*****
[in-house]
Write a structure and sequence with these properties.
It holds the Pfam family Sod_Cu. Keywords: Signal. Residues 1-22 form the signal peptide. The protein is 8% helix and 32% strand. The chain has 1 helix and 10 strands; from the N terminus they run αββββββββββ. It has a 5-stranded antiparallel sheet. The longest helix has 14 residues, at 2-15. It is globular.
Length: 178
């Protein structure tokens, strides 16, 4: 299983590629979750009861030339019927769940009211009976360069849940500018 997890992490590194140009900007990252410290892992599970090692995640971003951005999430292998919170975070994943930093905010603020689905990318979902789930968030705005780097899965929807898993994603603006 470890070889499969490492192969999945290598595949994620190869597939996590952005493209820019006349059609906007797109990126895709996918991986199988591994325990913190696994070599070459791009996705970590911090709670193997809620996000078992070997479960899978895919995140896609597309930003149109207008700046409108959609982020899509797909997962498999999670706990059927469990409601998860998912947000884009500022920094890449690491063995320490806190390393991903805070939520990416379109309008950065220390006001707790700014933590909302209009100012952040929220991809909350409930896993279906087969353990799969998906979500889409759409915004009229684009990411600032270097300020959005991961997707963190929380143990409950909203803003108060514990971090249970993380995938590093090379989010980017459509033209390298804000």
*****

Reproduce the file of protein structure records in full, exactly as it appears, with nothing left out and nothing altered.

[in-house]
Write a structure and sequence with these properties.
It holds the Pfam family Sod_Cu. Keywords: Signal. Residues 1-22 form the signal peptide. The protein is 8% helix and 32% strand. The chain has 1 helix and 10 strands; from the N terminus they run αββββββββββ. It has a 5-stranded antiparallel sheet. The longest helix has 14 residues, at 2-15. It is globular.
Length: 178
């Protein structure tokens, strides 16, 4: 299983590629979750009861030339019927769940009211009976360069849940500018 997890992490590194140009900007990252410290892992599970090692995640971003951005999430292998919170975070994943930093905010603020689905990318979902789930968030705005780097899965929807898993994603603006 470890070889499969490492192969999945290598595949994620190869597939996590952005493209820019006349059609906007797109990126895709996918991986199988591994325990913190696994070599070459791009996705970590911090709670193997809620996000078992070997479960899978895919995140896609597309930003149109207008700046409108959609982020899509797909997962498999999670706990059927469990409601998860998912947000884009500022920094890449690491063995320490806190390393991903805070939520990416379109309008950065220390006001707790700014933590909302209009100012952040929220991809909350409930896993279906087969353990799969998906979500889409759409915004009229684009990411600032270097300020959005991961997707963190929380143990409950909203803003108060514990971090249970993380995938590093090379989010980017459509033209390298804000």